Local couple reflect on recent Appalachian Trail hike


By Jason A. Smith
Times Correspondent



McDonough natives Josh and Maranda Stone wanted to do something unique to get their marriage off on the right foot. Rather than go on a cruise or hit the beach, the Stones decided to take a different route – namely, by hiking the Appalachian Trail.



Josh and Maranda Stone began their marriage by hiking the Appalachian trail from start to finish. Special photo



“We didn’t want to wait,” said Maranda, 24. “If you wait too long, you’re not going to do it. You either do it now, or you wait until you’re retired. We wanted to do it before we got into the whole cycle of ‘your work is your life.’”

The couple recently completed a 146-day hike along the trail and are now living in Cleveland, Ga.

Maranda graduated from Eagle’s Landing Christian Academy before studying education at the University of North Georgia. She and Josh, who also went to ELCA before going to Toccoa Falls College, decided together to walk the trail because of their shared affinity for the outdoors.

“During college, we both got into outdoor activities,” said Maranda. “It’s therapy for me. I’ve always enjoyed being outside. There’s nothing like being in the woods -- the sounds, smells, sights. It’s all very calming and peaceful, and it just feels right.”

Maranda began working as a zipline guide in Helen once she and Josh made the decision to hike the trail. She said they had a lot to learn about being outdoors for months at a time.

“We had only been camping a few times, and neither of us had ever been on a backpacking trip,” said Maranda Stone. “The longest hike we had ever gone on was about was 12-13 miles.”



Special photo



The couple got married in 2014 and saved their money throughout the following year, knowing the hike would keep them away for 4-6 months. After months of preparation, they finally embarked on their excursion on March 28.

Josh, 24, is a patient-care coordinator at the Black Bear Lodge near Helen, Ga., and has enjoyed hiking for about five years. Although he had never hiked anything as long as the Appalachian Trail, he was eager to get started.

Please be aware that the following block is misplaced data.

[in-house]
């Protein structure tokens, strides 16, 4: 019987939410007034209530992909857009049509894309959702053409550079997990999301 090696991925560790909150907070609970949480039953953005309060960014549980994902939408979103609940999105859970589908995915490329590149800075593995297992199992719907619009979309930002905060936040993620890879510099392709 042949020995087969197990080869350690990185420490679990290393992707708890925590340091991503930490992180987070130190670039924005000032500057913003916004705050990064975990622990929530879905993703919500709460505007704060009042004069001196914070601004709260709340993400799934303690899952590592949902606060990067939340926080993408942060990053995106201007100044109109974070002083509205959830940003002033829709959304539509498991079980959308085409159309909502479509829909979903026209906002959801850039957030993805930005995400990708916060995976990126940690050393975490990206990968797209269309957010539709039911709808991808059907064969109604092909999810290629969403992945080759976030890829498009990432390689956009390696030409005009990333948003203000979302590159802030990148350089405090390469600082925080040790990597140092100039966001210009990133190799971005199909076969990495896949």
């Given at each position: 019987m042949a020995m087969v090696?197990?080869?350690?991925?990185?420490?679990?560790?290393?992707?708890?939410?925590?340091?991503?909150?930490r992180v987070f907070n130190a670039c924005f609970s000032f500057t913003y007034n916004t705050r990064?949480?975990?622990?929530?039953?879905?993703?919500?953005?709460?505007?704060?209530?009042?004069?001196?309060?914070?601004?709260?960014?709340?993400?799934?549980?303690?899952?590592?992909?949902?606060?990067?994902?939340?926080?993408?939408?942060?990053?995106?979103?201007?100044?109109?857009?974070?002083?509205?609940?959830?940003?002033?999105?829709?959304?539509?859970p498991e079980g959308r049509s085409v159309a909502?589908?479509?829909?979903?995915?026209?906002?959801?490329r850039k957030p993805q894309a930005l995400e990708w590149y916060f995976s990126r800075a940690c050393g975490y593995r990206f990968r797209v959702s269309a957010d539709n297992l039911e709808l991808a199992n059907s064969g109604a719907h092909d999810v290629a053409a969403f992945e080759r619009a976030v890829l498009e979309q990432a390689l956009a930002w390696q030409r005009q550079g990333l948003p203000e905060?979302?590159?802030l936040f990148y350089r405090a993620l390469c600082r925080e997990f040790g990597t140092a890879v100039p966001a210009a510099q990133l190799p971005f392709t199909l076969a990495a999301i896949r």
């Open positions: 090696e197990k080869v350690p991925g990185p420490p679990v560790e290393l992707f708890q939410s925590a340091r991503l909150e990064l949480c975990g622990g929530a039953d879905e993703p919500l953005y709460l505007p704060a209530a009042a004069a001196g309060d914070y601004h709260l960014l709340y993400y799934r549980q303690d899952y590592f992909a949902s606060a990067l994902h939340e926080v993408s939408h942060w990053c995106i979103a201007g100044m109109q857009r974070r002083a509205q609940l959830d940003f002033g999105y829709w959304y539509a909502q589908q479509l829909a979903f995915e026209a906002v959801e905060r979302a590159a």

“I was comfortable with the notion of on-the-job experience, letting it teach us how to walk the trail instead of forcing my abilities on the trail,” said Josh. “The trail is the great equalizer. As you’re walking, your only goal is to keep walking.”

The Stones acknowledged that hiking the trail took a physical toll on their bodies. Josh lost 45 pounds while walking the trail, going from 225 pounds to his current weight of 180.

“I have not weighed this little since I was a sophomore in high school,” he said. “We were molding our bodies along the way. It’s very romantic at first, but there’s so many more grueling aspects to it -- starting out a day and realizing you have to get 20 miles down the road so you don’t run out of food.”

For her part, Maranda was plagued by knee pain for the first half of the trail. Still, she said, that was just one element of the difficulties they faced together.

“I cried every day for a month and half,” she said. “Mentally, it is very challenging. I knew it was going to be hard physically, but mentally it was even more so. We didn’t have a home to come back to even if we did decide to quit.”

The couple navigated through areas including the Smoky Mountains National Park and Virginia’s Shenandoah National Park. Maranda said it was in the latter location that they saw a bear for the first time – though certainly not the last.

“We saw 11 while we were in the park,” she said.

Josh also recalled that he “freaked out” upon seeing that first bear at Shenandoah. But, like his wife, he eventually grew accustomed to such a sight.

“They’re kind of like dogs in that park,” he said. “They’re not afraid of you, and they’re kind of indifferent that you’re there.”

Josh said he and his wife were struck just as much the people they met – their fellow hikers from all over the world. The trail, he said, brings people together in a powerful way and enables them to create strong bonds with each other.

“They’re the best people in the world,” he said. “Doctors, lawyers, high-school graduates … it’s a much wider range of people than you might think.”

The Stones finally reached the end of the Appalachian Trail on Aug. 20. Maranda said the experience taught her a lot about herself and the man she married.

“I learned a lot about the human body and what it can do,” she said. “I didn’t know that I could hike over 20 miles a day every day. Your legs turn into unreal walking machines … We had so many experiences that we shared together, and I think it proves a lot that we made it through it.”